Understanding the benefits and risks of biometric data

Every time you unlock your phone screen with facial recognition, log in to your bank account with your fingerprint or ask Siri for directions to the closest sushi restaurant, you are using biometrics

In order to comprehend how significant biometrics are in our increasingly technologically advanced world, we must first understand how they work.

In a nutshell, biometrics are biological measurements  of a person’s physical characteristics which are used to verify their identity. These can include physiological traits, such as eyes and fingerprints, or even behavioural characteristics, such as the unique way a person solves a Sudoku puzzle. This is covered in depth in ExpressVPN’s summary on biometric data.

How are biometrics used?

The truth is, in this day and age, they are being used constantly. Every time you unlock your phone screen with facial recognition, log in to your bank account with your fingerprint, or ask Siri for directions to the closest sushi restaurant - you are using biometrics.

In addition to an individual’s use of biometrics, they are used all over the world for a myriad of reasons. For instance, CCTV surveillance is used to analyse a person’s movements or location, fingerprints and DNA can be used by the police to identify a suspect, while retinal scans are used to identify whether or not a person needs glasses. 

Biometrics used locally

The Maltese government is contemplating how their Safe City surveillance programme would be implemented. The project was first introduced by former prime minister Joseph Muscat as a facial recognition system, which was to be applied in crime-hit areas such as Marsa and Paceville.

The form of surveillance technology and biometrics would utilise artificial intelligence-controlled technology to monitor activity and identify people through the use of algorithms that match their faces with established databases. Safe City would be rolled out and developed by the Maltese government, in cooperation with the Chinese tech giant, Huawei.

The controversy

As one may imagine, many issues have been highlighted in response to collecting people’s biometric data, with the debate primarily revolving around the issue of personal privacy versus security. 

Many feel they have a right to enjoy their freedom of going wherever they like without being tracked or having their whereabouts on record. In this case, there is also the risk of data being leaked or accessed by parties who should not be privy to such information.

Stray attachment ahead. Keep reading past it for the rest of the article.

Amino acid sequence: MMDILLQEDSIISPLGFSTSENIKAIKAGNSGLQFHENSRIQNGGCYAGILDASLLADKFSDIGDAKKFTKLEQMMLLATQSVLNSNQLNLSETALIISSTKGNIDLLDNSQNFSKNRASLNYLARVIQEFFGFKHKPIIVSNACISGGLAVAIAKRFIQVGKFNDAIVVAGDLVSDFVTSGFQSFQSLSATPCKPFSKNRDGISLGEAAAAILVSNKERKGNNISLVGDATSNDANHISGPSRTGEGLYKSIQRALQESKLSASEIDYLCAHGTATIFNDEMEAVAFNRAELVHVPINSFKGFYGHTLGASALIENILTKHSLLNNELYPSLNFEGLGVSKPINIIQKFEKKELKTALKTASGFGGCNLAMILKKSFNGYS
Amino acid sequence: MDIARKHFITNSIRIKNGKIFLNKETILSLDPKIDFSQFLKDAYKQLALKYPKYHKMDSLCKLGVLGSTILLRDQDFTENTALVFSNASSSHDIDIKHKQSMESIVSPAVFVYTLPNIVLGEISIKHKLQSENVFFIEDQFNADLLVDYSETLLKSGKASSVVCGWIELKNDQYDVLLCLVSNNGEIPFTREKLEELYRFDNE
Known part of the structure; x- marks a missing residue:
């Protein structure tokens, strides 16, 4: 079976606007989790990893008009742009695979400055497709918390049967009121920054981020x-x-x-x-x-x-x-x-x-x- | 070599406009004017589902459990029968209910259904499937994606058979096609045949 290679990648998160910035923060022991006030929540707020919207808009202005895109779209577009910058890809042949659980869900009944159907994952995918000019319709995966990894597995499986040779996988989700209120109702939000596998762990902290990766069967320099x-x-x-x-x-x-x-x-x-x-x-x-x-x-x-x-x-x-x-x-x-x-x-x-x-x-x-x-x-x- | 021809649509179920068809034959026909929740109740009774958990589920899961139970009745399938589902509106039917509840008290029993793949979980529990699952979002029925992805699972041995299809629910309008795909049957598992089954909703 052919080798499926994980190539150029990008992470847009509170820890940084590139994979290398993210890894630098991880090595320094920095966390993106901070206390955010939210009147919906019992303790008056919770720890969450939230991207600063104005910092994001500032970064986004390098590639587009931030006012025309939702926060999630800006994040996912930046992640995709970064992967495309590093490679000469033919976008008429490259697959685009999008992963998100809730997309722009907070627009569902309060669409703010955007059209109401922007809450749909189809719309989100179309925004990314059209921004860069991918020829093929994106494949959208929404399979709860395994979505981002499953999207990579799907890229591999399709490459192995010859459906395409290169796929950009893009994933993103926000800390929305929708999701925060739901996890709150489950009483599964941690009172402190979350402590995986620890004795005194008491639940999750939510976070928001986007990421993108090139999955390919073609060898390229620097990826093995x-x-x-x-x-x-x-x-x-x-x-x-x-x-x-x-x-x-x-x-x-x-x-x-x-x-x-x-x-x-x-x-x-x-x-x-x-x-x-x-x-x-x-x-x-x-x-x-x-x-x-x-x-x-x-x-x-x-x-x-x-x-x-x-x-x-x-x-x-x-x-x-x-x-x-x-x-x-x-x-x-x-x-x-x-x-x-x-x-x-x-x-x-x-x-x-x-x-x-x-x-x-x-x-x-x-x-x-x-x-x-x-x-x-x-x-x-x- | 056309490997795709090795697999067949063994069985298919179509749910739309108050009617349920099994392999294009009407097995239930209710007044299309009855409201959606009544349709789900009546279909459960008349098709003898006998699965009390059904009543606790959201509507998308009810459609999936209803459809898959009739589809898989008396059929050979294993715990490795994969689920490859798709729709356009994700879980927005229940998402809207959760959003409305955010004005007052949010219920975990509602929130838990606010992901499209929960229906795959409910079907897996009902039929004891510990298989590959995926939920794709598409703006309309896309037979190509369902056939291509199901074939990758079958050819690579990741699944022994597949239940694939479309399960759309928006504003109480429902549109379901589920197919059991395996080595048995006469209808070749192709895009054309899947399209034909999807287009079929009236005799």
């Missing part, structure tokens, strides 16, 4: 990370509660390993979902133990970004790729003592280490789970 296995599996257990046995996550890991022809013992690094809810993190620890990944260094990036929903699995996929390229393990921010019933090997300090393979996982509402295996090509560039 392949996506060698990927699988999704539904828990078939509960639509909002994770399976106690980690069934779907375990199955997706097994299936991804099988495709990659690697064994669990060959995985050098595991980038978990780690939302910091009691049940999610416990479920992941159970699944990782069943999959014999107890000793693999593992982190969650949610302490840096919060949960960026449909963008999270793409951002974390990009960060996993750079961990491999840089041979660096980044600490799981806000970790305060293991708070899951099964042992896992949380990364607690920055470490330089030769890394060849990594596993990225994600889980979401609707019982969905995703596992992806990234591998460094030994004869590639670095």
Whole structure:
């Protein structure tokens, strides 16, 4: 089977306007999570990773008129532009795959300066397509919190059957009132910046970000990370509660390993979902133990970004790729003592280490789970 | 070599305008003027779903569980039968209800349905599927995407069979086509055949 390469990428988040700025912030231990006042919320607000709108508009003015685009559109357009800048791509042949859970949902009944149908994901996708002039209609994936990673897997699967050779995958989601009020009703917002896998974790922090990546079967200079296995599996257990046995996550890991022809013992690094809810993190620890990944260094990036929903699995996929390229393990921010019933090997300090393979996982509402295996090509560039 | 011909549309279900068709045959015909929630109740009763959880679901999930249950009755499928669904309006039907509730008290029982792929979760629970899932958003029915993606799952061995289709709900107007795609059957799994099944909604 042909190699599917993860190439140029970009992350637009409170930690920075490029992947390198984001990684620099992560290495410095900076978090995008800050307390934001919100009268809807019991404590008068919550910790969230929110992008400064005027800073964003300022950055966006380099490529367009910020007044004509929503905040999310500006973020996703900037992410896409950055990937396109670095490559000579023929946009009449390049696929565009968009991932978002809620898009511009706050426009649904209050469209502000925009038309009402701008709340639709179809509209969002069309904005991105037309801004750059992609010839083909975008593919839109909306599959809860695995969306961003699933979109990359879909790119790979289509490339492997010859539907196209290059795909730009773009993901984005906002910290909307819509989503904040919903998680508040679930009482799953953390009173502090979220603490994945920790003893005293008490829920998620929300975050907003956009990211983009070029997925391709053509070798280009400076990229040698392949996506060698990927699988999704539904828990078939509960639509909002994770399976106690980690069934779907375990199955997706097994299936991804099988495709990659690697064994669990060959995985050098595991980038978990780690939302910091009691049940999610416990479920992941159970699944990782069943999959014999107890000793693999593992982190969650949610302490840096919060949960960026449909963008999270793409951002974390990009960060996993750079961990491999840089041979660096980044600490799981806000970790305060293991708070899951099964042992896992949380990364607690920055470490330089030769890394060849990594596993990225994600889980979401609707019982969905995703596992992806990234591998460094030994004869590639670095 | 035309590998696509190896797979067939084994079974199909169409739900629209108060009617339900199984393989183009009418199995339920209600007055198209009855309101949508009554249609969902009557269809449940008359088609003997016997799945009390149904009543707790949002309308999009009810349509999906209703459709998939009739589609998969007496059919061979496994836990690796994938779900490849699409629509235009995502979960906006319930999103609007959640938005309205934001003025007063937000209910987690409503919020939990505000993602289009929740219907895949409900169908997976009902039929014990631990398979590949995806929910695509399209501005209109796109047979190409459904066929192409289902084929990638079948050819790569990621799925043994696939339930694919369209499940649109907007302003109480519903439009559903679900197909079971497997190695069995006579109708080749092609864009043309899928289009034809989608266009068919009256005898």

Others, who  favour surveillance and security, countered by stating that no law-abiding person should feel threatened if they respect the law. To the contrary, people would have more peace of mind as they would be protected from the lawless. Regardless of which side a person tends to lean towards, the power of persuasion may be lost, since the majority of people relinquished their right to privacy a long time ago - just by opening up a social media account, using the Internet or accepting surveillance legislation as a means of a protection from crimes.

Apart from protecting one’s privacy, questions such as who will be storing and monitoring the data have also been brought up.

How can you protect your biometric data?

While most of the responsibility to protect your biometric data falls on the organisations collecting it, there are a few ways in which the individual can protect it, too.

  • Understand the importance of your biometric data and only share it with highly-trusted organisations and companies
  • With any organisation you’re sharing your data with, check if all the necessary cybersecurity controls are in place
  • Only share your biometric data when absolutely necessary. For example, when a social media platform asks for facial recognition, think about whether it’s absolutely necessary.
  • Choose and create strong passwords to block easy routes for hackers to steal your data
  • Use a trusted cybersecurity software to keep your digital life as secure as possible.

While biometric security technology is a relatively young software, it’s certainly not going anywhere anytime soon. We can almost guarantee that in the near future, we will see better implementations with more speed, reliability, convenience and hopefully, safety. Remaining abreast of the new technology and software being released and taking mindful steps along the way will ensure that you, as an individual, and as a society can benefit from the improvements and ultimately be prepared for any risks.